For my generation, the Labour Party hasn’t so much been associated with the golden years of the welfare state, nor as a party with organic links to a powerful and well-organised trade union movement. The Labour Party I grew up with was very different and appeared to me - as it did to most politically engaged young people in the late 1990s and early 2000s - unsalvageable.
It was the party that declared war in Iraq and Afghanistan, despite over a million people marching against it, killing hundreds of thousands of innocent people, turning thousands into refugees and destabilising a whole society for generations to come.
It institutionalised and legitimised Islamophobia through the supposed "War on Terror" and introduced the ‘Prevent’ policy. It stood by Israel as it launched a 22-day offensive against besieged Gaza and killed over 1,400 Palestinians.
It introduced top-up fees, reinforcing education as a privilege and not a right. It formed student leaders who would use national platforms to speak against free education and denounce university staff taking strike action.
I understood pretty quickly that if you had any desire to support the struggle for social justice, joining the Labour Party was definitely not the way to go!
And then, Jeremy Corbyn happened. Decades of social movements demanding an end to the dehumanisation of migrants and of racism in our streets and institutions, reinvestment in the welfare state, the removal of a price tag to education, and a more transparent, democratic political system, led to the election of the only leader in a very long time who ordinary people can actually have faith in.
For many of us, it was powerful to see a Labour party entering the General Election in 2017 with a manifesto that dedicated an entire section to A More Equal Society.
Core questions including the global issue of violence against women, trans-liberation and the effects of austerity on the lives of disabled people were addressed.
This is not to say however, that there are no problems. In the book I reflect on how the manifesto pledges on anti-racism and liberation reflect the tension between the new momentum, the political direction represented by Jeremy and the thousands of new members on the one hand, and the old party machine and parliamentary party on the other.
Radical advances are buttressed by visible pulls to the right. Islamophobia is mentioned but little is offered practically on how to challenge it. Structural racism is identified as a key issue, but Black and Asian communities are limited to categories of small business owners and the unemployed.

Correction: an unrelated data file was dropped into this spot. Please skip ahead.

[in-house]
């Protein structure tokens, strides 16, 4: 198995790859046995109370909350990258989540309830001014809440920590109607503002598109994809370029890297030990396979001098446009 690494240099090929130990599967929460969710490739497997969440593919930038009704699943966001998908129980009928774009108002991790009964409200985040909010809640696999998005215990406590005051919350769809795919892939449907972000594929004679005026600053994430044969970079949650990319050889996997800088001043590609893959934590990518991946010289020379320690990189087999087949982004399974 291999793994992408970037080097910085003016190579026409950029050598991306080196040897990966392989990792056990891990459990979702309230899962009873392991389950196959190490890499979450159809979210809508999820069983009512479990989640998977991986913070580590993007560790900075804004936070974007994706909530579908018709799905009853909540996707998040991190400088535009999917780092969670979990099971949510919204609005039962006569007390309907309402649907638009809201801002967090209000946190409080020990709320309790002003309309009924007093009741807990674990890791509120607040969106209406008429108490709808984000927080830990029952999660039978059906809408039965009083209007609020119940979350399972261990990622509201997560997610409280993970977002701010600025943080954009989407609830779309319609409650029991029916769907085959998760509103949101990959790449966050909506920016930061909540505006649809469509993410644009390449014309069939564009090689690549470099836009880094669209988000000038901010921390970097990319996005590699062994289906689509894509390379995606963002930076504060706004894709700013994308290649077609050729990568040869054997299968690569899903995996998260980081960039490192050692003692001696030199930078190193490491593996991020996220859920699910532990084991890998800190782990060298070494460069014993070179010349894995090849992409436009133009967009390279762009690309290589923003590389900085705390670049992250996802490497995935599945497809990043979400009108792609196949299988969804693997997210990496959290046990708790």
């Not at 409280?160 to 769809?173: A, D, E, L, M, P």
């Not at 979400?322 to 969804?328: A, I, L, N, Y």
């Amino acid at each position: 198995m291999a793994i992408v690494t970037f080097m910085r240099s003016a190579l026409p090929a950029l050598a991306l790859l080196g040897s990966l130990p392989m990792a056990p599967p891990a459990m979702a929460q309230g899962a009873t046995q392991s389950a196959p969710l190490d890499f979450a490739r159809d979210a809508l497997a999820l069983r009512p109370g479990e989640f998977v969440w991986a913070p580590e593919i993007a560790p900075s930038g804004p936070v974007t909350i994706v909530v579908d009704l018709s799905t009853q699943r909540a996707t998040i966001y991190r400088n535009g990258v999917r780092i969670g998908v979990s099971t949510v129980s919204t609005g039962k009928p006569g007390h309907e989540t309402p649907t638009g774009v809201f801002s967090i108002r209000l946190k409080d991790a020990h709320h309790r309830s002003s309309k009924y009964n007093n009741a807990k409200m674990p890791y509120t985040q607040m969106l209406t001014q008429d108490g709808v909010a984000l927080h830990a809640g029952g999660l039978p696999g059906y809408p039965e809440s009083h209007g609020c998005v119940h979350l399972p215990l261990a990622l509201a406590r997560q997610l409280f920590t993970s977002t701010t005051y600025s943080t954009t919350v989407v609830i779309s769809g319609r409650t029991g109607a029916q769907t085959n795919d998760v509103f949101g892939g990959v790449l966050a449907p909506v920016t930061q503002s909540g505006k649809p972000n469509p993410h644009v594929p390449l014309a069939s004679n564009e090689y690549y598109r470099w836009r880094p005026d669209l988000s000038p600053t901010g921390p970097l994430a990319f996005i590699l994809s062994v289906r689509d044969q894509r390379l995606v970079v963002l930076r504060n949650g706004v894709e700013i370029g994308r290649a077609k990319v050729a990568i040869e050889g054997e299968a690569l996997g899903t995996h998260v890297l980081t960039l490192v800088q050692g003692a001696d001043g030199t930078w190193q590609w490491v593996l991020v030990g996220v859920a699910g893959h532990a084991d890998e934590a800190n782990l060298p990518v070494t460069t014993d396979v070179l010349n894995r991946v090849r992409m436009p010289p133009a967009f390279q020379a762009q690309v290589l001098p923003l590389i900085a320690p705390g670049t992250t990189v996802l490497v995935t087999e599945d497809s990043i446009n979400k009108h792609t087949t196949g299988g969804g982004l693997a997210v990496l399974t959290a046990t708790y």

Given the Black Lives Matter protests against police brutality, refugee solidarity marches against the drowning of migrants in the Mediterranean, the thousands standing against Trump's Muslim ban and the opposition of all teaching unions to ‘Prevent’, it is crucial that these experiences are reflected in the policies proposed.
These are not simply slip-ups. They represent the contradictions within the project: great enthusiasm for the possibilities of leftwing governance, coupled with a real weakness of unions and social movements capable of challenging the state, the Labour bureaucracy, and the pressure to compromise on a future Corbyn government.
The biggest challenge is not electing Jeremy Corbyn as our next prime minister, but strengthening the foundations and collective power that will enable him to implement the policies that have inspired thousands of young people, working class people, and oppressed communities, who were otherwise frustrated and disengaged from the political system.
It is the activists from the social movements of the last decades – the anti-war movement, the Palestine solidarity movement, the student revolt against fees and the re-mobilisation of a section of the trade union movement in the face of austerity – as well as those inspired by them but frustrated by their defeat - that have turned to the Labour Party. Labour branches are being flooded with the organisers of the very movements that fought to halt or reverse the policies of the Blair era.
It is important that Corbyn's Labour Party is not seen as simply an electoral project in a momentary juncture, but rather a point of transformation in the future of this country – in the ballot box as well as in our workplaces and on the streets.
For the Many: Preparing Labour for Power, edited by Mike Phipps is published by OR Books. For more information, see http://www.orbooks.com/catalog/for-the-many-preparing-labour-for-power/